We used a seven-number Likert scale, exploring a six-point response space from 1 to 7:
- 1 = Strongly disagree
- 2 = Disagree
- 3 = Mildly disagree
- 4 = Don’t know or can’t decide
- 5 = Mildly agree
- 6 = Agree
- 7 = Strongly agree
Each candidate was invited to put a number against each of 20 propositions, and were informed that blanks would be counted as "4" for statistical purposes (these are marked red in the table). We have abbreviated candidates' usernames for reasons of space; those who have served on the Committee are marked with an asterisk. The full wording of the propositions appears at the bottom of the story. Averages and standard deviations appear first;1 then net positives (5–7) and negatives (1–3), which disregard the strengths of the responses to focus merely on which side of neutral candidates lie as a whole.
Key to the abbreviations of the candidates' names in the first row of the table below:
- Cal = Callanecc
- CL = Casliber
- D = Drmies
- G = Gamaliel
- GW = GorillaWarfare
- H = Hawkeye7
- HW = Hullaballoo Wolfowitz
- K = Keilana
- KG = Kevin Gorman
- LF = LFaraone
- M = Mahensingha
- MB = MarkBernstein
- OR = Opabinia regalis
- RF = Rich Farmbrough
- S = Samtar
- T = Thryduulf
- TT = Timtrent
- W = Wildthing61476
|Proposition||Avg.||StDev||Net pos.||Net neg.||OR||TT||M||G||CL*||W||Cal||KG||MB||K||D||GW*||LF*||H||RF||T*||HW||S|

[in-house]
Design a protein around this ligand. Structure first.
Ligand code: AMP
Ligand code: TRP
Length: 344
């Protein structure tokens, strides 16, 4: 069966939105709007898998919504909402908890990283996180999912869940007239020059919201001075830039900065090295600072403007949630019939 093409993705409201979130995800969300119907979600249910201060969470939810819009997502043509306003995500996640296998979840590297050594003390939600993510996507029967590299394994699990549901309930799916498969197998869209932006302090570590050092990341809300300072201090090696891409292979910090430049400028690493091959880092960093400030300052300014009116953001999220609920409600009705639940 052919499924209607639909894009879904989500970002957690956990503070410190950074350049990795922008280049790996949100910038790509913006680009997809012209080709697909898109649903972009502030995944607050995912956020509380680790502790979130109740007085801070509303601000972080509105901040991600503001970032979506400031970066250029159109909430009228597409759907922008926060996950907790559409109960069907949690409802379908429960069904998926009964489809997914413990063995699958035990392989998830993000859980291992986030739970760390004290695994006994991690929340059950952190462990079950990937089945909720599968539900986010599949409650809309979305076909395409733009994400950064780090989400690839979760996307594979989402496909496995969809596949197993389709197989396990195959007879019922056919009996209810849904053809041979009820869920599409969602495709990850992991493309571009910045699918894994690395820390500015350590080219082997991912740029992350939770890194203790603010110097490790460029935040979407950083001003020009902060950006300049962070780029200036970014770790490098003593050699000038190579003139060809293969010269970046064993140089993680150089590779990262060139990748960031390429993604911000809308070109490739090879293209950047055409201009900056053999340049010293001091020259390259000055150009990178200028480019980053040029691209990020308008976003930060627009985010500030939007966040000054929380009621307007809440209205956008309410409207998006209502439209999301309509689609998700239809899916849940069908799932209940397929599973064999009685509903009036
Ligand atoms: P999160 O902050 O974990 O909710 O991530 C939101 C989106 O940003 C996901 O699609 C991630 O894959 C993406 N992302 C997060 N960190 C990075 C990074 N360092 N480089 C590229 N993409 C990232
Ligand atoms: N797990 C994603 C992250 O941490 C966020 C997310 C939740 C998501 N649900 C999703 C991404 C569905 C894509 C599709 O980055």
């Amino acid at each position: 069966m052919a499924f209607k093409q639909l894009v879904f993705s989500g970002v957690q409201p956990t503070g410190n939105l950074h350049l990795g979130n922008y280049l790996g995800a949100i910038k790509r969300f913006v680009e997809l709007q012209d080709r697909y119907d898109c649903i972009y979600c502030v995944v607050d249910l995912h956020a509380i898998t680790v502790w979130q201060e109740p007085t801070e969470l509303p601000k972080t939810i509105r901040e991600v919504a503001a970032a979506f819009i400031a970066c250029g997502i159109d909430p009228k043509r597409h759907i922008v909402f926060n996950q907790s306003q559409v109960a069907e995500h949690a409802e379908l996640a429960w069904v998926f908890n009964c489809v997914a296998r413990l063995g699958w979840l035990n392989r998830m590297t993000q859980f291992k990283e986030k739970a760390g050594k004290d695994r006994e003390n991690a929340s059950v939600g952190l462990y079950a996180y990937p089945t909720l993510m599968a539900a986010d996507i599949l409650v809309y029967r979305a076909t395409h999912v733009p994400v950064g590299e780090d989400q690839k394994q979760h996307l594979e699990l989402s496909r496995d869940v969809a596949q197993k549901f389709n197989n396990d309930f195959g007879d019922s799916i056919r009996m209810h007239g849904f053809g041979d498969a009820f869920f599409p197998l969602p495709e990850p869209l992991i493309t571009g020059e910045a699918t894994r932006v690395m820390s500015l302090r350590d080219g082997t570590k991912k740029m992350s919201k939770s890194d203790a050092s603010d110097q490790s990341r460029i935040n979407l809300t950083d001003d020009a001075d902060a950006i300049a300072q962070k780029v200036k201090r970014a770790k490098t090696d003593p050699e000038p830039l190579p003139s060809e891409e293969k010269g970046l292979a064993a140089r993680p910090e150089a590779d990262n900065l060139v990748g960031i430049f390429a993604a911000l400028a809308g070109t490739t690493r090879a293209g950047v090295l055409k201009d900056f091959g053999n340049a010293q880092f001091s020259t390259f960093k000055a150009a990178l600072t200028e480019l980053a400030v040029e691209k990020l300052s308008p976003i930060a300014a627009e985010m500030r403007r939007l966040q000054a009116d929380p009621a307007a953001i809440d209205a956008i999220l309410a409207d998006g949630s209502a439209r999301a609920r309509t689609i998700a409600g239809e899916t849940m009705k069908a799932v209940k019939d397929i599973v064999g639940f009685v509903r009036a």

|(A) I have a record of minimising drama||4.9||1.6||13||4||7||6||3||5||6||5||6||4||1||6||6||2||6||5||6||5||3||6|
|(B) I favour strong over light sanctions||3.4||1.3||6||8||2||2||3||6||3||5||5||3||4||4||4||5||2||2||1||4||3||3|
|(C) I'm prepared to manage difficult editors||–||–||–||–||6||7||7||7||6||7||6||7||4||6||5||6||7||7||7||7||6||6|
|(D) Drafting judgments in plain, simple language is my strength||–||–||–||–||5||5||6||6||5||6||6||6||7||6||6||6||5||7||7||3||6||7|
|(E) ArbCom's scope to manage excessive behaviour needs to be widened||3.1||1.7||5||11||2||2||6||6||4||5||2||5||2||5||2||1||4||3||1||2||2||2|
|(F) All case evidence should be on-wiki||3.4||2.1||7||10||2||6||6||2||2||2||1||1||1||4||3||1||2||5||6||6||6||5|
|(G) Arb discussions on cases should be on-wiki||3.7||1.7||6||9||4||5||5||2||3||3||3||1||1||4||4||2||3||6||7||3||6||5|